Books

Scars of Independence: America’s Violent Birth

576 pages, 13 maps, c. 40 illustrations (Crown Publishers)

The American Revolution is often pictured as the orderly, restrained rebellion of brave patriots who defended their noble ideals in a strangely bloodless war against an oppressive empire. It’s a stirring narrative, and one the Founders did their best to encourage after the war. But as historian Holger Hoock shows in this deeply researched and elegantly written account of America’s founding, the Revolution was not only a high-minded battle over principles, but also a profoundly violent American civil war and a civil war in the British Empire.

In SCARS OF INDEPENDENCE, Hoock writes the violence back into the story of the Revolution. American Patriots persecuted and tortured Loyalists. British troops massacred enemy soldiers and raped colonial women. Prisoners starved on disease-ridden ships and in subterranean cells. African-Americans fighting for or against independence suffered disproportionately; and Washington’s army waged a genocidal campaign against the Iroquois. In vivid, authoritative prose, Hoock’s new reckoning also examines the moral dilemmas posed by this all-pervasive violence, as the British found themselves torn between unlimited war and restraint towards fellow subjects, while the Patriots ingeniously documented war crimes in an effort to unify the fledgling nation.

For two centuries we have whitewashed this history of the Revolution. SCARS OF INDEPENDENCE forces a more honest appraisal of the inherent tensions between moral purpose and violent tendencies in America’s past. Learn more…

Scars of Independence by Holger Hoock

Empires of the Imagination: Politics, War, and the Arts in the British World, 1750–1850

544 pages; 16 pages color plate section; 47 b&w illustrations. (Profile Books, 2010)

Between the mid-18th and mid-19th centuries, Britain evolved from a substantial international power yet relative artistic backwater into a global superpower and a leading cultural force in Europe. In this original and wide-ranging book, Holger Hoock illuminates the manifold ways in which the culture of power and the power of culture were interwoven this period of dramatic change. Britons invested artistic and imaginative effort to come to terms with the loss of their thirteen American colonies; to sustain the generation-long fight against Revolutionary and Napoleonic France; and to assert and legitimate their growing empire in India. Deeply researched and presented in an accessible and lively prose style, EMPIRES OF THE IMAGINATION takes the reader on a grand tour of imperial and cultural activities across the British world. Learn more…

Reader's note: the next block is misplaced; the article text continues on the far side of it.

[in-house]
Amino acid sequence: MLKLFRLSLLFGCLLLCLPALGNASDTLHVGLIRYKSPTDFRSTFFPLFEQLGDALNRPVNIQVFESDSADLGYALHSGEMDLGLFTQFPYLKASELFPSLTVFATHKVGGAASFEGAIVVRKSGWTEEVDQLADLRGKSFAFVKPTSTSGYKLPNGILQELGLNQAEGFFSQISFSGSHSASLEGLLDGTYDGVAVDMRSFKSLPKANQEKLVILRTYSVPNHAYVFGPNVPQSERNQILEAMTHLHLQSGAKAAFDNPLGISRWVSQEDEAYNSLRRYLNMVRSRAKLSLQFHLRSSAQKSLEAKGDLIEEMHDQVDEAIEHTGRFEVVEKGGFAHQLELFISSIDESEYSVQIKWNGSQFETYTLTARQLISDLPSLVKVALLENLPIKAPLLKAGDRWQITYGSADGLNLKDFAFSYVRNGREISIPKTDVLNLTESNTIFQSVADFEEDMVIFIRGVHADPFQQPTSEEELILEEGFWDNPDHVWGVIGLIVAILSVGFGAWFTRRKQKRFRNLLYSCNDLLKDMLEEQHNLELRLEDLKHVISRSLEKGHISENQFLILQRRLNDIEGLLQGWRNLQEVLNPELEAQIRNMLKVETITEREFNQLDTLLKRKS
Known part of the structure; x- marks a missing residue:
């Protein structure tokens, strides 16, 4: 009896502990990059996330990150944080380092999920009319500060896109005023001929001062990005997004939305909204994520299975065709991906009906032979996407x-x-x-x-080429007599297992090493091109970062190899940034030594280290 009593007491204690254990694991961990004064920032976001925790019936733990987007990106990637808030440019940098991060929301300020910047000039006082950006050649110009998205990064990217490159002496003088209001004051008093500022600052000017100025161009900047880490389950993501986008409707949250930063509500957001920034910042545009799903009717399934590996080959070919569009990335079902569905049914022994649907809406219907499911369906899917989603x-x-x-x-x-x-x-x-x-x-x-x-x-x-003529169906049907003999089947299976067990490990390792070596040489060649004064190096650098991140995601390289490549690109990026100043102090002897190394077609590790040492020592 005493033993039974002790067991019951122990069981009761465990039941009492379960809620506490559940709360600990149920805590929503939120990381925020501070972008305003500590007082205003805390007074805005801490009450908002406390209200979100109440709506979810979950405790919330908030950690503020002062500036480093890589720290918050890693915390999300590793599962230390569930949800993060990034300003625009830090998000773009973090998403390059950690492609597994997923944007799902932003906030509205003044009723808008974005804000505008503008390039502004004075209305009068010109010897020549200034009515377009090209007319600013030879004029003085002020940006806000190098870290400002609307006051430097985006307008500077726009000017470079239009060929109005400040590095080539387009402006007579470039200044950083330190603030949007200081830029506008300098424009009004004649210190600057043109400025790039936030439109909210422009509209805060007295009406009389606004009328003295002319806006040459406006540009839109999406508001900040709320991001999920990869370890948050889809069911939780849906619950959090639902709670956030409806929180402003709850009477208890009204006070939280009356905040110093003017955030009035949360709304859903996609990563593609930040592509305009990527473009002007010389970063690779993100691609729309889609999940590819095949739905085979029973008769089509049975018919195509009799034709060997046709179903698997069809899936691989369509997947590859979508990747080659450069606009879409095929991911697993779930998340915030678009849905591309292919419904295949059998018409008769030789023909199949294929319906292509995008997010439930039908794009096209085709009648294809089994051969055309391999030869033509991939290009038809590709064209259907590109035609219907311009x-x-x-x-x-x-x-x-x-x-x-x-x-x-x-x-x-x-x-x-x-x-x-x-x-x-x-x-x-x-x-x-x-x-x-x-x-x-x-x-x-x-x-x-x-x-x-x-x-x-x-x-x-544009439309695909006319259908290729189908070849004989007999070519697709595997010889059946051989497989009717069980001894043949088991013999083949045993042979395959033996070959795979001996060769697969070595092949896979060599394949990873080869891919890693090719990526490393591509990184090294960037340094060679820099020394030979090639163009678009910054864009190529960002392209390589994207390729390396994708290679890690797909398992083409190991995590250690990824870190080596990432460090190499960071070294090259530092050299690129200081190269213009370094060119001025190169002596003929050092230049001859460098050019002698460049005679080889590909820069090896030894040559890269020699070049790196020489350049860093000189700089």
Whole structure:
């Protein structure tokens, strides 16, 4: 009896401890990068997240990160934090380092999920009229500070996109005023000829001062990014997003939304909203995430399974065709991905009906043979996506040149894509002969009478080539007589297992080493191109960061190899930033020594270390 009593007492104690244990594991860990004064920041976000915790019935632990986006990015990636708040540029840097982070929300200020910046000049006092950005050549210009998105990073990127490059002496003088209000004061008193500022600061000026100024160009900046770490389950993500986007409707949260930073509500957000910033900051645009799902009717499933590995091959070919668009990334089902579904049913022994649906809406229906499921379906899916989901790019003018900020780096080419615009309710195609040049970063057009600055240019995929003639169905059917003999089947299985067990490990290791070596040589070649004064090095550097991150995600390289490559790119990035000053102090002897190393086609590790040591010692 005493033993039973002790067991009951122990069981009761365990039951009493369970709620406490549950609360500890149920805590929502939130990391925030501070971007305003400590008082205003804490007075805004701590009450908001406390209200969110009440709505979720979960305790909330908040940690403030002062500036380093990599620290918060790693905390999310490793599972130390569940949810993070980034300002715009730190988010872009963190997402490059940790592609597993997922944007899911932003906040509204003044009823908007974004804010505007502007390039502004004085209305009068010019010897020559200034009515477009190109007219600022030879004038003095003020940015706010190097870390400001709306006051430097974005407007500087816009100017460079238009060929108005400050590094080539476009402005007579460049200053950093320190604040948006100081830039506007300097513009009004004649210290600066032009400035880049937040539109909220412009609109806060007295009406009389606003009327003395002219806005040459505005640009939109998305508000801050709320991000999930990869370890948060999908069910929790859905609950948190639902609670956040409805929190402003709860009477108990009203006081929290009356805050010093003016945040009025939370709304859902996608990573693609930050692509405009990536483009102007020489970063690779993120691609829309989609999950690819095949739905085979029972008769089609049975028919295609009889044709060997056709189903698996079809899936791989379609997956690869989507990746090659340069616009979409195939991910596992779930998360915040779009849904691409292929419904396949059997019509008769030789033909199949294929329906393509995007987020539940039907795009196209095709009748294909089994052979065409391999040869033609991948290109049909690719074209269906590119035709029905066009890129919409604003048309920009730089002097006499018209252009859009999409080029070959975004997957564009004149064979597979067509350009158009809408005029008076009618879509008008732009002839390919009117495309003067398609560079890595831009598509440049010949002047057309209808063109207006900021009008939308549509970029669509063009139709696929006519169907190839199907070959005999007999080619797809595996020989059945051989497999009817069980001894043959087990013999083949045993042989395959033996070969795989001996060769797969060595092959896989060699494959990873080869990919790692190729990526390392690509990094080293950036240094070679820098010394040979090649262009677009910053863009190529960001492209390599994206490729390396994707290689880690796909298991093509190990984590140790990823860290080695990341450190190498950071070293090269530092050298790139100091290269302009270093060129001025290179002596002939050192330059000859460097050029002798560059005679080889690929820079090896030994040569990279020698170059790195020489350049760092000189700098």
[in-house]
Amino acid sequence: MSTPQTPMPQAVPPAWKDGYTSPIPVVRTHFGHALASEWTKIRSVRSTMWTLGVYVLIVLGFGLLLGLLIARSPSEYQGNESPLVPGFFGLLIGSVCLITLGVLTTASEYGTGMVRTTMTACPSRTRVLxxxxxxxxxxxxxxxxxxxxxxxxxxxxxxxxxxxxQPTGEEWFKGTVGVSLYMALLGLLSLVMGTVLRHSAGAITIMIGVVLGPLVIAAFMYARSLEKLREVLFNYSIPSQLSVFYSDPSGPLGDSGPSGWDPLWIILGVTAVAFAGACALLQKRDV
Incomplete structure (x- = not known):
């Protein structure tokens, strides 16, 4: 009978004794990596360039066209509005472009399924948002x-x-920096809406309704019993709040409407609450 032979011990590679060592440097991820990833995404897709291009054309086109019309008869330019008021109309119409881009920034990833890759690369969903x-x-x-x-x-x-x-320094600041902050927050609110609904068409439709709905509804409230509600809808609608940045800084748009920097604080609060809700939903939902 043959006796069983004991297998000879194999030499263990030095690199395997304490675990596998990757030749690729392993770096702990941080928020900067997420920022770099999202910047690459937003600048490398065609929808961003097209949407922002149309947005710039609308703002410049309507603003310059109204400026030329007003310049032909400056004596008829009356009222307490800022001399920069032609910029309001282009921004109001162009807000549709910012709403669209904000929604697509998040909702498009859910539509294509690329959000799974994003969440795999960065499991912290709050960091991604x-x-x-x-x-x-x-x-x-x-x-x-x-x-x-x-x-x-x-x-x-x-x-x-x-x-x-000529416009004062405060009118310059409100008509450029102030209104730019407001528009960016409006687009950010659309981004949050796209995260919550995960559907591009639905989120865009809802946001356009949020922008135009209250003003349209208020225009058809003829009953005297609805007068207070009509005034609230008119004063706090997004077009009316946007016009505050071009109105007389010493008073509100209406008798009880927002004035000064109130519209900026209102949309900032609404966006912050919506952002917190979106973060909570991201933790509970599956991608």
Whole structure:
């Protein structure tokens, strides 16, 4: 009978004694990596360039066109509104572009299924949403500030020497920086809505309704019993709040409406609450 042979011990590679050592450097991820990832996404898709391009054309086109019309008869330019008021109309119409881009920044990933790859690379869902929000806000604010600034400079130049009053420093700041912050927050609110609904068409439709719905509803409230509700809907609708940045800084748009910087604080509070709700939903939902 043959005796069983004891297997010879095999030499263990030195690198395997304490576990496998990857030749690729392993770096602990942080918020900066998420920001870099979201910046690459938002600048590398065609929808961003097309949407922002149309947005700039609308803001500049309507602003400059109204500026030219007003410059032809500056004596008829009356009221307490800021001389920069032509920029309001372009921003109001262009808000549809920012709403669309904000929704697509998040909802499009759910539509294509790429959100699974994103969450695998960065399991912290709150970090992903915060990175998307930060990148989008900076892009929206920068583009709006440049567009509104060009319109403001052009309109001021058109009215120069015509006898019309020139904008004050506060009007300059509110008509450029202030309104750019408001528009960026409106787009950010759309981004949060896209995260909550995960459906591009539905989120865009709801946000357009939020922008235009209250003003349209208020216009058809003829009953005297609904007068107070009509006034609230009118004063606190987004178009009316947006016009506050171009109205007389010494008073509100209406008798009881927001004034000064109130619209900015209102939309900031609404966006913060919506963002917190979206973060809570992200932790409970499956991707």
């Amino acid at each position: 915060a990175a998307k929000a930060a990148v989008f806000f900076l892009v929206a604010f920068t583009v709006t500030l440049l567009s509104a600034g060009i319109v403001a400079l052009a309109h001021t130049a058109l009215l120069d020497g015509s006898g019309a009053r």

Empires of the Imagination: Politics, War, and the Arts in the British World by Holger Hoock

The King’s Artists: The Royal Academy of Arts and the Politics of British Culture, 1760–1840

384 pages, c. 50 illustrations. (Oxford University Press, 2003; paperback 2005)

This is the story of the forging of a national cultural institution in late eighteenth- and early nineteenth-century Britain. The Royal Academy of Arts was the dominant art school and exhibition society in London and a model for art societies across the British Isles and North America. THE KING’S ARTISTS is the new standard account of its early years, re-evaluating the Academy’s significance in national cultural life and its profile in an international context. By demonstrating how the Academy shaped the notions of an English and British school of art and influenced the emergence of the British cultural state, Hoock illuminates the politics of national culture and the character of British public life in an age of war, revolution, and reform. Deeply researched and presented in a clear narrative style, THE KING’S ARTISTS also portrays power struggles and artistic rivalries unfolding during the Academy’s summer exhibitions and over sumptuous dinners, thus bringing the beginnings of modern Britain’s oldest surviving art institution to life. Learn more…

The King's Artists by Holger Hoock

History, Commemoration and National Preoccupation: Trafalgar 1805–2005

(Oxford University Press, 2007)

This volume explores the ways in which the Battle of Trafalgar and Admiral Lord Nelson’s death have been commemorated over the past two centuries. It includes the extraordinary celebrations of 2005, which saw hundreds of official, commercial, and popular events celebrating and commemorating the bicentenary of Trafalgar. Leading historians of Britain and France reflect critically on the complex notions of remembrance, celebration, honoring, and commemoration. Taking historical snapshots of the commemoration of Nelson at his death, in 1905, and in contemporary Britain, the contributors ask who drives the commemoration of historical anniversaries and to what ends? Which Nelson, or Nelsons, have had a role in national memory over the past two centuries? And who identifies with Nelson today? The essays consider how memoirs, history writing, visual media, museums, and film shape memory. This innovative and beautifully presented work will be of interest to those with general interests in naval, maritime, cultural and public history. Learn more…

Trafalgar by Holger Hoock
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